“That was the start of making audio study guides, so that she could practice between classes that I had with her,” Joshu said. “We’re still doing that today. We let the program evolve based on the changing needs of our students and their backgrounds and teachers have had a lot of input on what works.”
The teachers are volunteers who come to IRWP through community recruitment fairs, social media, presentations and events like the Festival of Nations.
“We’ve just been very fortunate,” Paradoski said. “Our volunteers are awesome people. The issue of refugees is really on people’s minds, and people have more awareness. This is something they can do locally and personally.”
Volunteers go through orientation, and then meet with students to decide if it’s a good fit for both parties.
“We give them good options for students, go with them to meet someone, decide if it’s a good connection, and then train them specifically on the student they’re going to meet with,” Paradoski said. “It’s an ongoing process. We try to offer very personalized and deep level of support to the volunteers and the students.”
The skill levels of the students can vary greatly. Some students have never been literate in any language and don’t know any English. Some students can read English but are too afraid to try speaking it, while others can speak the language but have issues reading.
The goal is for every student to have a positive learning experience that is not overwhelming, Joshu said.
The teachers help the students set goals for themselves. For some, the goal is to get a job, while for others the goal is to pass a citizenship test or be able to interact with doctors as they care for their aging parents.
The length of time a student stays in the program depends on their goals and their starting skill level.
“We’ve had people attain enough English skills to get a job in three months,” Joshu said. “There’s a good amount of them who just get to the point where they are able to get that full-time job for the first time.”
One woman enrolled in the program because she was getting a lot of feedback in her house cleaning jobs that her English was difficult to understand. As she met her goals and improved her English, she got so much work she no longer had a need – or the time – to meet with her teacher.
A young mother was so successful with her teacher that she was able to enroll in community college when her youngest child went off to school.
Another student, a mom with two young girls, started as a stay-at-home mom. She worked hard in her classes, perfecting her English skills until she got a job at a local café.
Even after she got a job, she kept working with her teacher until she was able to land another job she’d long been dreaming of, Paradoski said.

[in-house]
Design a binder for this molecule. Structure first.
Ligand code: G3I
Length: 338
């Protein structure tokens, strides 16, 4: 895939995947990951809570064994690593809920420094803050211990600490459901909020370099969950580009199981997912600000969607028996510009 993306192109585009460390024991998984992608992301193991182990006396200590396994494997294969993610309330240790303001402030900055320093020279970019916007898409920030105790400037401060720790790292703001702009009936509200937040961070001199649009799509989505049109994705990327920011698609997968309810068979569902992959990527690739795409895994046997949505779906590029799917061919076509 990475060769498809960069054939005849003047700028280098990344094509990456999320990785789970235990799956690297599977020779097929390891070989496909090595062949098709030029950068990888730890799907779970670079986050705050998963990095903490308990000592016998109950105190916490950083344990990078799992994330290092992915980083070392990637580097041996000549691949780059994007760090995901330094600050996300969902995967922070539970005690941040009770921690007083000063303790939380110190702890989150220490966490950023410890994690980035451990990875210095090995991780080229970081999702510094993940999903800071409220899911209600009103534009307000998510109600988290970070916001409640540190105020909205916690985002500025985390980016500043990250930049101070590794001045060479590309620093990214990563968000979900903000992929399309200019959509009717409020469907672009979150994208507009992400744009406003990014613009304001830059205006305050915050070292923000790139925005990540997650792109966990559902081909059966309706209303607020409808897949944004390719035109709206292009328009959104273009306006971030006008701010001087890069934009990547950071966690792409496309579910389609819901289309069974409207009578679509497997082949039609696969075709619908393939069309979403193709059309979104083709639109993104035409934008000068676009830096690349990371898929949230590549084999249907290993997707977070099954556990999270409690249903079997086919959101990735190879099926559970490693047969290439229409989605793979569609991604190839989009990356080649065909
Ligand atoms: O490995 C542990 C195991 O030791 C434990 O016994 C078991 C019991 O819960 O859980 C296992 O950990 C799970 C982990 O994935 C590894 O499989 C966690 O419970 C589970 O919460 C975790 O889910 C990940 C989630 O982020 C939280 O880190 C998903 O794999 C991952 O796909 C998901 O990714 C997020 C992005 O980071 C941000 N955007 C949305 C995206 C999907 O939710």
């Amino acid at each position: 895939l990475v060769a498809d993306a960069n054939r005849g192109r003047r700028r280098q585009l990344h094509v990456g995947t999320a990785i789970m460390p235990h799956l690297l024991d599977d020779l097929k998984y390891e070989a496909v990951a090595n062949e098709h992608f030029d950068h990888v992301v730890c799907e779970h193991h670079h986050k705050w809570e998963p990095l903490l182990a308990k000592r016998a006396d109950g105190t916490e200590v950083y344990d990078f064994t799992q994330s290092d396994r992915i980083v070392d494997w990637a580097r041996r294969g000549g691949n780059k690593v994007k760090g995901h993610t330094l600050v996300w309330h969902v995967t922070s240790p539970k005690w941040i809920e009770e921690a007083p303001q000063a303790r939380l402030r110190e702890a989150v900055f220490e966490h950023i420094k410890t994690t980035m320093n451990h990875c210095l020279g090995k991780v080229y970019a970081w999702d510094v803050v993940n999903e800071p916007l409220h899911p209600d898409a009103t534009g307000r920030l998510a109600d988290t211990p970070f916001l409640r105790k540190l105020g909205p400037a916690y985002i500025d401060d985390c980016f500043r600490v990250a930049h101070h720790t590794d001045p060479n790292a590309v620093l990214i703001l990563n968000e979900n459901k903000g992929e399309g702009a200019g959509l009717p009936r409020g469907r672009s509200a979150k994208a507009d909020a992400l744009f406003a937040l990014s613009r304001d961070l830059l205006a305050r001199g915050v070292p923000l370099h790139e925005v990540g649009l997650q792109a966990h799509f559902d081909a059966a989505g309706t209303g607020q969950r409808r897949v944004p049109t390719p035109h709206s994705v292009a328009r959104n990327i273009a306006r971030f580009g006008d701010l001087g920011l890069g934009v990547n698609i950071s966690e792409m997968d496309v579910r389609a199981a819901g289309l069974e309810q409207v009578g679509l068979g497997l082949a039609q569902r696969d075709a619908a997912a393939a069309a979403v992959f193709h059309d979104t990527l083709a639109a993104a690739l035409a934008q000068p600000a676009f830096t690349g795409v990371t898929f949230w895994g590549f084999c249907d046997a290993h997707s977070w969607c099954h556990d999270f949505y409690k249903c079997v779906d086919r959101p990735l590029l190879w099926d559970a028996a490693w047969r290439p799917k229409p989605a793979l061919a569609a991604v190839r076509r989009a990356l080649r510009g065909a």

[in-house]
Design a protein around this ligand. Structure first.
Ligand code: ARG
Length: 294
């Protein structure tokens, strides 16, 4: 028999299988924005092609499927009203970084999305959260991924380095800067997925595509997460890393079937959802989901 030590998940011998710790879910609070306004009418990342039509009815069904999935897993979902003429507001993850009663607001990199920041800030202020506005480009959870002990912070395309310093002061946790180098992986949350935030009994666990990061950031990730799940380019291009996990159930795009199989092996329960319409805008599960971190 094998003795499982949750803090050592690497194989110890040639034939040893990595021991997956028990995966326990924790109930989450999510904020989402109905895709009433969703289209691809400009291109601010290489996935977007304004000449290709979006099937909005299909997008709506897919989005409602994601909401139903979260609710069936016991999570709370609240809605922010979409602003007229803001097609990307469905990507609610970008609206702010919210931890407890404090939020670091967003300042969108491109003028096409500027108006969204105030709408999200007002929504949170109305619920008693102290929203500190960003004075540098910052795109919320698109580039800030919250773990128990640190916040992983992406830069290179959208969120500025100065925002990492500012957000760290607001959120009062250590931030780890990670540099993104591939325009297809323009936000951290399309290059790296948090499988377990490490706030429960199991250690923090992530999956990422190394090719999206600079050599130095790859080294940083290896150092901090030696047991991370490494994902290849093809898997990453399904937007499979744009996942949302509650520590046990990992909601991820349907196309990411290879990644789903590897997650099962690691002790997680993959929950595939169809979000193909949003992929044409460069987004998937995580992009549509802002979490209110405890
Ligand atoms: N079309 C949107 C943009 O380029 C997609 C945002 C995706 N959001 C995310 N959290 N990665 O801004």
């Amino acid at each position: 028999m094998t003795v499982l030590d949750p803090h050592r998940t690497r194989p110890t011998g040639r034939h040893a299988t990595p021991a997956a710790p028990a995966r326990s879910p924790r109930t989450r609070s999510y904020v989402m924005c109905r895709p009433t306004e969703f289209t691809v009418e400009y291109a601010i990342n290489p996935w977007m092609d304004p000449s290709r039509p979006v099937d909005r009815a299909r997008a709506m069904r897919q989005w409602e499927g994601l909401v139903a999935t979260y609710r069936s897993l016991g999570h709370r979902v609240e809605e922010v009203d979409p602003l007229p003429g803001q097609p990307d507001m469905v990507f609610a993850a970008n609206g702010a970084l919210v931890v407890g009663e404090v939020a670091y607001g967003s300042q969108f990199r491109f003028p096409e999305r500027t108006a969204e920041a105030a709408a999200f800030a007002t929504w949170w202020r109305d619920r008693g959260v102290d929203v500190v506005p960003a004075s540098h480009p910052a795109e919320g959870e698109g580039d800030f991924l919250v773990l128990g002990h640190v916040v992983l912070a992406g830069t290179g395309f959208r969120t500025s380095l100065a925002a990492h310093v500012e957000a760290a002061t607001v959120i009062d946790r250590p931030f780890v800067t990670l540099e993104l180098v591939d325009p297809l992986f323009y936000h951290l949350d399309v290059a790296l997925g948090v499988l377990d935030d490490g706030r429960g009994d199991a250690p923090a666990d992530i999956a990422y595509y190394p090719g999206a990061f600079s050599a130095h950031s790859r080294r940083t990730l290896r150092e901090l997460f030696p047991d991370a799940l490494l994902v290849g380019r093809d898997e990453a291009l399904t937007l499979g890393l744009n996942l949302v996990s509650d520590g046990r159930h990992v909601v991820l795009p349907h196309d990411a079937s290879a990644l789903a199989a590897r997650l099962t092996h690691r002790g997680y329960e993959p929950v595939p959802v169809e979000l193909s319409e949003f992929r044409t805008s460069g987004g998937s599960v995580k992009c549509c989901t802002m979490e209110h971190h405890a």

“She put her English skills to work for her own personal goals and dreams,” Paradoski said. “Our students are really striving to be self-reliant. If they weren’t they wouldn’t make it in our program. They have to do work.”
The students who have children expect a lot of their kids in school because they too are working hard to achieve their goals.
“When they see their mom working hard to do it, there’s no excuses,” Paradoski said. “They see what their parents are accomplishing. If you want it you have to put the effort in. For a lot of our students, their children are doing well in school. It has an impact throughout the family.”
As word spreads throughout the many immigrant and refugee communities about the success of the program, more and more students find their way to IRWP, Joshu said.
“Many students are referred by other organizations in the community – Youth in Need, International Institute, Family Care Health Center,” Joshu said. “But we also have quite a few people who have gone through the program, and as new people come into their communities they pass the information on. And children of some of our students just Google ‘how to find English help for my mom.'”
When IRWP staff applied for the SOS grant funding, they anticipated 185 students and 70 new volunteers.
As of May 2017, the organization had enrolled 286 students and trained 184 new volunteers, Paradoski said.
They expected the growth, just not quite at that level, Joshu said.
Thanks to the $15,000 grant from SOS, the organization was able to keep Paradoski’s assistant, Anna, full-time and hire another assistant.
Without that additional manpower, Joshu says it would have been impossible to do the 230 one-on-one trainings with volunteers. Students are already on a waiting list that is longer than it’s ever been.
“The time students would have had to wait to get a teacher has been reduced because we’ve been able to increase our capacity,” Paradoski said.
Story by Bethany Prange of 618 Creative on behalf of Spirit of St. Louis Women’s Fund. Photos courtesy of the Immigrant & Refugee Women’s Fund.